The “Royal We” is a term to indicate that, when someone is ostensibly speaking about a group of people, they’re actually referring to themselves as an individual. Someone I know (whom I will not name for fear of incriminating myself) does quite the opposite, in that they use the word “we” to mean “everyone apart from me” or more usually “you”. For example:

• “We need to mow that lawn” means “You need to mow that lawn”

• “We ought to fix the tiles in the bathroom” meaning “Fix the tiles in the bathroom”

Is there a term for this kind of terminology? Apologies if this seems a little fatuous but I’m genuinely interested.

  • 7
    That's "the mother's 'we'".
    – Hot Licks
    Apr 25, 2016 at 11:56
  • 2
    Your definition of the royal 'we' seems incorrect. The royal 'we' is not third person. It is first person. It is the use of 'we' by a speaker to refer to the speaker herself (especially if the speaker is in a high position).
    – DyingIsFun
    Apr 25, 2016 at 12:08
  • 1
    @HotLicks I don't think so. It's called the "royal we" for a reason, the use of the first person plural pronoun. It doesn't mean the third person (he/she/it/they) either. It means I.
    – deadrat
    Apr 25, 2016 at 12:28
  • We is indeed, a first person pronoun. My embarrassment at having using it incorrectly is matched only by my beauty. Take that how you will. :)
    – Dave M
    Apr 25, 2016 at 12:31
  • 3
    Answer here: The patronizing "we".
    – feetwet
    Jul 19, 2016 at 1:16

4 Answers 4


I have always heard of this as the "military" we. As in, an officer will say "we need to take that hill" meaning the enlisted people, and not the officer, need to take the hill.

Wikipedia calls this the "dictorial we".


The dictorial "we"

The dictorial we is similar to both the editorial and author's "we" but more commonly used in spousal conversations or relating to them. More often used by one person having or showing a tendency to tell people what to do in an autocratic way. Take for example the following portion of a conversation:

  • As soon as we get the rest of the brick work done (in progress) this is part of the plan...

This person is using the dictorial "we" and implying that the other will be doing the work and that they are currently behind and has more waiting afterwards. This form looks nicer and comes across as being less harsh.


There is no special term for this use of we, because there is nothing grammatically or semantically peculiar about it.

‘We need to mow the lawn’ does not mean ‘You need to mow the lawn’. What it means is something like ‘Our family, considered as a group, has the responsibility for mowing the lawn’. Given that the speaker is a member of that group, there is nothing unusual about using we for it. The meaning of the utterance does not specify how the family will discharge this collective responsibility, that is, to whom it will allocate the execution of the physical actions of mowing. It leaves it open whether that will be this or that member of the family, or perhaps somebody from a commercial lawn-mowing service that the family may choose to engage.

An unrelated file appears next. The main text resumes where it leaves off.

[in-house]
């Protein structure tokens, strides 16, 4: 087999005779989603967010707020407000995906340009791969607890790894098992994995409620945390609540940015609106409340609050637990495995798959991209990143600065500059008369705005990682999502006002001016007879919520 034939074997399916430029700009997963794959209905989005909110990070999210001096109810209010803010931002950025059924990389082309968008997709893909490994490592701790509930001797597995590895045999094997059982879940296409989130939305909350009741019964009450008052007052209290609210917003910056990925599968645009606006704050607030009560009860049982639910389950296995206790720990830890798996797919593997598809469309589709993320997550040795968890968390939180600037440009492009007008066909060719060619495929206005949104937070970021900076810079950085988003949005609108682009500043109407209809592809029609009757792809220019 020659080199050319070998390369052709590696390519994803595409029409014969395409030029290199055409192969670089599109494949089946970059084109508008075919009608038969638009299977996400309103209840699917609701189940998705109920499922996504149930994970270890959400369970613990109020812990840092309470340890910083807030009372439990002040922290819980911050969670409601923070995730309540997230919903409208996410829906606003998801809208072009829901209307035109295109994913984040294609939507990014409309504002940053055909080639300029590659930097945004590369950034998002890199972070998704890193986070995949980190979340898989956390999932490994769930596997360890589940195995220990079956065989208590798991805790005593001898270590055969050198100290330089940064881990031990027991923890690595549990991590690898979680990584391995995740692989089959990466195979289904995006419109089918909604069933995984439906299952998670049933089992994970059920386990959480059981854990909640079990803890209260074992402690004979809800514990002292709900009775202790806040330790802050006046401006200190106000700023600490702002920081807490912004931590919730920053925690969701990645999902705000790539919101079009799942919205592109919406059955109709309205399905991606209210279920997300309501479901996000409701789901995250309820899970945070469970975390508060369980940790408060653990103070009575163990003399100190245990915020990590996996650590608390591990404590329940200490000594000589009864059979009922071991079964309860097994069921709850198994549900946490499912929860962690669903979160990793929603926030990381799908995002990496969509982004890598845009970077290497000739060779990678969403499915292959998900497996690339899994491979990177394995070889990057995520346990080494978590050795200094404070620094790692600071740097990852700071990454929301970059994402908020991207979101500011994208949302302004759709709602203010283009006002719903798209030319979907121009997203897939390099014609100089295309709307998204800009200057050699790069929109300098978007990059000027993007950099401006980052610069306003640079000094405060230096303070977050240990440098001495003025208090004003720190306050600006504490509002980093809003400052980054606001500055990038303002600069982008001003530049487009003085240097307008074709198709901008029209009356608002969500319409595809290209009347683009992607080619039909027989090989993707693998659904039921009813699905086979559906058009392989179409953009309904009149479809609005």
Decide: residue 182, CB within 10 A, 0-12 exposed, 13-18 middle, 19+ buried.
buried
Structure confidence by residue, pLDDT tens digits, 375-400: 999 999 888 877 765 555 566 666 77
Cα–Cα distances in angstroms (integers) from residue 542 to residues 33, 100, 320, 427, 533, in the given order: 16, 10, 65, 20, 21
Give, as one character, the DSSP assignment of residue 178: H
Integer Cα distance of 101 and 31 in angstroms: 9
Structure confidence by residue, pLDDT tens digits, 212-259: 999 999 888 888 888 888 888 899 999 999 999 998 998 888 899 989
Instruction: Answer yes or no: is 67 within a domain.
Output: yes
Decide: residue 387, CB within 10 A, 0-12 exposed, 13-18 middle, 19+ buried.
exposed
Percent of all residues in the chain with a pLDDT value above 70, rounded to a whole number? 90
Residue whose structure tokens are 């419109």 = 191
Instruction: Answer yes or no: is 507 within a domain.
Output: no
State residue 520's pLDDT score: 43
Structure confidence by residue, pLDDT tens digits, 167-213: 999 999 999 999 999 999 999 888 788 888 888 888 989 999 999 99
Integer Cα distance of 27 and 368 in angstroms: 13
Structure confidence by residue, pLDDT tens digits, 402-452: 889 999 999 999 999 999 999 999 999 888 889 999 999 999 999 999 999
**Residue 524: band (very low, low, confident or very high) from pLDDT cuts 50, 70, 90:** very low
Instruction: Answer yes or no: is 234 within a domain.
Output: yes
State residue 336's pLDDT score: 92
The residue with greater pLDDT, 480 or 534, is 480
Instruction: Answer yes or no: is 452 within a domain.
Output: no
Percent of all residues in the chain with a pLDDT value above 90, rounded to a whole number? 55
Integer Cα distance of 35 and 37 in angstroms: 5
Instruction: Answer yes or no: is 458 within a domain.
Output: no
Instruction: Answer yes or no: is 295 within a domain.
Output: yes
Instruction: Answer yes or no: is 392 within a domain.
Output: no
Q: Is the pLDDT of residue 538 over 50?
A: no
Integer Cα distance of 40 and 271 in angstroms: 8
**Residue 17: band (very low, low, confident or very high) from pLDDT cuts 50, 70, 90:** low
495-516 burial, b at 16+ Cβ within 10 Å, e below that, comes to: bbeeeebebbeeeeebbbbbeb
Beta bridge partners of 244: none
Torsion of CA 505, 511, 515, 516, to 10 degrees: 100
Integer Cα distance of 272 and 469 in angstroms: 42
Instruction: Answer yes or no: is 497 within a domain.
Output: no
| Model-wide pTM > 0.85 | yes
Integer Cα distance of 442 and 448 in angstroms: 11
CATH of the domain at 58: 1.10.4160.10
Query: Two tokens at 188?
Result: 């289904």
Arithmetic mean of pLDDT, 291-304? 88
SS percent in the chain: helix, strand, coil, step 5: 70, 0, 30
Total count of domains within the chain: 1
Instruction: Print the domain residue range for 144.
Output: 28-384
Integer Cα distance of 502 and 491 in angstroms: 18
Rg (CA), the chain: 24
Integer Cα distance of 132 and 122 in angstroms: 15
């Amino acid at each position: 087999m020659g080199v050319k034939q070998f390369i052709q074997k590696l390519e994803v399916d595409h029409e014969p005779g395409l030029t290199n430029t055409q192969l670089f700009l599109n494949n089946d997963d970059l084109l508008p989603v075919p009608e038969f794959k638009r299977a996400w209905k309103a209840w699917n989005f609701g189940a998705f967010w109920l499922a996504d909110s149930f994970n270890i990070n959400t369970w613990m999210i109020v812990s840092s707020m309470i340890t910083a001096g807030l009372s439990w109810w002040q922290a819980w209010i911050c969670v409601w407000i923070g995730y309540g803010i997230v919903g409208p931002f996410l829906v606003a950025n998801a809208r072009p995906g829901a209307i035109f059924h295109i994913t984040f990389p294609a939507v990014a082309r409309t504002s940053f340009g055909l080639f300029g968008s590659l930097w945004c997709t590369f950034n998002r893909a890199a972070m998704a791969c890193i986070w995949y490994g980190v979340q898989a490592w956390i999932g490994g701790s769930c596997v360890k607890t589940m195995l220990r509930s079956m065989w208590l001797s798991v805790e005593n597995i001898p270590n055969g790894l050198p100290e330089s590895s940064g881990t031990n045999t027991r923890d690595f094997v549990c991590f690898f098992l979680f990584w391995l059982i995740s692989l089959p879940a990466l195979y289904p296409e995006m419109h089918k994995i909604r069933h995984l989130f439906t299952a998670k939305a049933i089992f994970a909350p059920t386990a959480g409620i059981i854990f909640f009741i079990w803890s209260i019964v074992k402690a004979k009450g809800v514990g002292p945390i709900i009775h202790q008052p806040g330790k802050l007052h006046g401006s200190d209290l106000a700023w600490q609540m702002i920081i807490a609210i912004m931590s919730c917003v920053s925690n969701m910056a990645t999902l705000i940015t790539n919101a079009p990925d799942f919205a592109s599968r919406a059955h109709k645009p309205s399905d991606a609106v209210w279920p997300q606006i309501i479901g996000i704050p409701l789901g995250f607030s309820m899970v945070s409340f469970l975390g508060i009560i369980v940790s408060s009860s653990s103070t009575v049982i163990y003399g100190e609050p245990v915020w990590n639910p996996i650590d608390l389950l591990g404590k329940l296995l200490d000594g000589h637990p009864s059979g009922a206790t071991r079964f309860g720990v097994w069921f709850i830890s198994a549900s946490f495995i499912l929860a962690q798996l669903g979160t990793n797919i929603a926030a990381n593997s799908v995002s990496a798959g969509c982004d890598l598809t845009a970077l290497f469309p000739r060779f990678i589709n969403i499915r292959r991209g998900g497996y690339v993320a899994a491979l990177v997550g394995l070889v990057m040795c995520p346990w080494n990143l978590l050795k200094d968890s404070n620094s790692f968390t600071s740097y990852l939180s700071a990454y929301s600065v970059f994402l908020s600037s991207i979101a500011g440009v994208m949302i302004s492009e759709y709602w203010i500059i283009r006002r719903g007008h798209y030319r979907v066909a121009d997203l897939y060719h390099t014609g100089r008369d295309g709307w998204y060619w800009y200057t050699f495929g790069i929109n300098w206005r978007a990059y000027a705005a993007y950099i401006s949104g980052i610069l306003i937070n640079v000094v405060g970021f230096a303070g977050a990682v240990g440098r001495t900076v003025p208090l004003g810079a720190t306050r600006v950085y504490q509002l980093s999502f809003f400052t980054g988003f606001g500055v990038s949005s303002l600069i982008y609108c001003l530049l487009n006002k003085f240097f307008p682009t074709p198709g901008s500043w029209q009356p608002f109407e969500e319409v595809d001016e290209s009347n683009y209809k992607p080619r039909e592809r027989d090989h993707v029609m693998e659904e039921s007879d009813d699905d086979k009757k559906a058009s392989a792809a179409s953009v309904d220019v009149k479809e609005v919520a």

Of course, it is possible that when somebody in a particular family says ‘We need to mow the lawn’, there will be an expectation that one specific member of the family (perhaps the one who has always done it before) will do the physical mowing. That is, however, a matter of the practices established within that family; it is not a matter of the meaning of English words.

Similarly, to use the example that appears in another answer on this page, when an officer says ‘We need to take that hill’, he means something like ‘Our unit (considered collectively) needs to take that hill’. Given that the officer is a member of the unit, there is nothing unusual about his referring to the unit as we. The officer does not by this sentence say anything as to which members of the unit will perform which specific actions; that will be specified by the commands that will follow.


I believe that it can uninformally be called the "patronizing we."

The patronizing we is used sometimes in place of "you" to address a second party, hinting a facetious assurance that the one asked is not alone in his situation, that "I am with you, we are in this together". A doctor may ask a patient: And how are we feeling today? This usage is emotionally non-neutral and usually bears a condescending, ironic, praising, or some other flavor, depending on intonation: "Aren't we looking cute?"

Source: World Heritage Encyclopedia


The exclusive we sounds like what you're looking for. It means I, and some other people, but not you, while the inclusive means you, me, and maybe some others.

More generally, clusivity refers to whether a given pronoun includes or excludes an entity.

  • 2
    I see where you're going with those but neither is quite right, as the term needs to specifically exclude the -speaker-.
    – Dave M
    Apr 25, 2016 at 10:24
  • @DaveM In fact, doesn't it need to specifically include only the spoken to? This is somewhat different from the usage discussed here:english.stackexchange.com/questions/17964/…
    – deadrat
    Apr 25, 2016 at 12:36
  • It's certainly a very similar case to the patronizing "we", although in this usage it's not meant to be patronizing. It does refer to much the same subset of the audience, though.
    – Dave M
    Apr 25, 2016 at 12:44
  • 1
    Not sure why this is upvoted, but not enough rep to downvote yet. (Any help?) It describes something close to precisely opposite of what was being asked.
    – lly
    Apr 25, 2016 at 13:16

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